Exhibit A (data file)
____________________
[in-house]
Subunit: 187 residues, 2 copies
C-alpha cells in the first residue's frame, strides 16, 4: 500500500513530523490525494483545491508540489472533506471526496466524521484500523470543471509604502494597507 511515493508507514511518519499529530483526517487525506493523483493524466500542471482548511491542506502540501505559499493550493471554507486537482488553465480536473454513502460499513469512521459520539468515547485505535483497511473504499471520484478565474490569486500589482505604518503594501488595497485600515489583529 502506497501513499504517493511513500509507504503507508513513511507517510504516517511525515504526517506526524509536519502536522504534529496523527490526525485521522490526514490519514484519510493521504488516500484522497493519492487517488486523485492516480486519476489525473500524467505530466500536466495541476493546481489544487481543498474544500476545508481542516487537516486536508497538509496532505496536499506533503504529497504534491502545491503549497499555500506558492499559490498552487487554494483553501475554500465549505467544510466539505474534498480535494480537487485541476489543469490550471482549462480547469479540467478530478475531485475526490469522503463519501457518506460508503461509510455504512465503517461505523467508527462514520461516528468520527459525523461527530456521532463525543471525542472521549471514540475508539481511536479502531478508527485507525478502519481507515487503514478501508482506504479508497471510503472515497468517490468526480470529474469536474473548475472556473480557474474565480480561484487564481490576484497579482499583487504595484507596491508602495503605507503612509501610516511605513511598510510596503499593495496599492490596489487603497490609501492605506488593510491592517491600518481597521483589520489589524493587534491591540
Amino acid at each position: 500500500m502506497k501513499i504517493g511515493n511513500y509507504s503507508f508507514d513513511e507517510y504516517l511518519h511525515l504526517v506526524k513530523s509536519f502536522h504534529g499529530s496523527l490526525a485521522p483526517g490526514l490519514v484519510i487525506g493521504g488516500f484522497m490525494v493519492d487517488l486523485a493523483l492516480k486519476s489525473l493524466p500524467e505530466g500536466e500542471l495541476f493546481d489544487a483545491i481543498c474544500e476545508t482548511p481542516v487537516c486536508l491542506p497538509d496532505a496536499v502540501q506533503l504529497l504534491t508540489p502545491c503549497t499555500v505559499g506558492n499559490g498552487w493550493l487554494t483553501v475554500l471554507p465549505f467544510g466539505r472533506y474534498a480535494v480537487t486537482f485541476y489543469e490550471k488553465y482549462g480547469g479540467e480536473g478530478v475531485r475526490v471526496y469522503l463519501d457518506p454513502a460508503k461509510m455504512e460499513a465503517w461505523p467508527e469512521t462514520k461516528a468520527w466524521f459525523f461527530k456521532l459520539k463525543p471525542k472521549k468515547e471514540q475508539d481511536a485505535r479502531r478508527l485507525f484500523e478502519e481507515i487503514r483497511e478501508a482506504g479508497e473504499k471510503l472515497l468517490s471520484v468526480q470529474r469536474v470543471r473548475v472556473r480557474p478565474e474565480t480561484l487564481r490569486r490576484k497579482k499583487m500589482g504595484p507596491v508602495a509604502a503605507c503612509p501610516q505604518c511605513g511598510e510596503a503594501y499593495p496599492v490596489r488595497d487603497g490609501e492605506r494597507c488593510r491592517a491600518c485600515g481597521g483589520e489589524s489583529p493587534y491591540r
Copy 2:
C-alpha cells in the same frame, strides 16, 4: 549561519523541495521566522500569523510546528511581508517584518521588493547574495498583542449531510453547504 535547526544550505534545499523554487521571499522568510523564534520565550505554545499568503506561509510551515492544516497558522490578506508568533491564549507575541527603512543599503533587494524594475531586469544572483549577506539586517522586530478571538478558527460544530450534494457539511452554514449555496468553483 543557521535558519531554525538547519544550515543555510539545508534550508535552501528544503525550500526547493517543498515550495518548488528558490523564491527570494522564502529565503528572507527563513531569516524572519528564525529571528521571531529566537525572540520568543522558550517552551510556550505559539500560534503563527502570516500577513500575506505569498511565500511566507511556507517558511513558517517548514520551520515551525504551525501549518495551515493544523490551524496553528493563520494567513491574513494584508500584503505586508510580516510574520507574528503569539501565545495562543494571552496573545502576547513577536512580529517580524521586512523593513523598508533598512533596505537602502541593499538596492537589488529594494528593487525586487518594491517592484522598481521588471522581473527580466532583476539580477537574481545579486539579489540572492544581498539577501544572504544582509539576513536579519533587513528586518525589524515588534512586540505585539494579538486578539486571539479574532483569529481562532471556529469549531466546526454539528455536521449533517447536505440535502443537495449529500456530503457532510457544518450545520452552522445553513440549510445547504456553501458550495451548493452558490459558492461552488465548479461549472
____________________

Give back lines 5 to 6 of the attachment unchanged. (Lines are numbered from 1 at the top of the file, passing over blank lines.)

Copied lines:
Copy 2:
C-alpha cells in the same frame, strides 16, 4: 549561519523541495521566522500569523510546528511581508517584518521588493547574495498583542449531510453547504 535547526544550505534545499523554487521571499522568510523564534520565550505554545499568503506561509510551515492544516497558522490578506508568533491564549507575541527603512543599503533587494524594475531586469544572483549577506539586517522586530478571538478558527460544530450534494457539511452554514449555496468553483 543557521535558519531554525538547519544550515543555510539545508534550508535552501528544503525550500526547493517543498515550495518548488528558490523564491527570494522564502529565503528572507527563513531569516524572519528564525529571528521571531529566537525572540520568543522558550517552551510556550505559539500560534503563527502570516500577513500575506505569498511565500511566507511556507517558511513558517517548514520551520515551525504551525501549518495551515493544523490551524496553528493563520494567513491574513494584508500584503505586508510580516510574520507574528503569539501565545495562543494571552496573545502576547513577536512580529517580524521586512523593513523598508533598512533596505537602502541593499538596492537589488529594494528593487525586487518594491517592484522598481521588471522581473527580466532583476539580477537574481545579486539579489540572492544581498539577501544572504544582509539576513536579519533587513528586518525589524515588534512586540505585539494579538486578539486571539479574532483569529481562532471556529469549531466546526454539528455536521449533517447536505440535502443537495449529500456530503457532510457544518450545520452552522445553513440549510445547504456553501458550495451548493452558490459558492461552488465548479461549472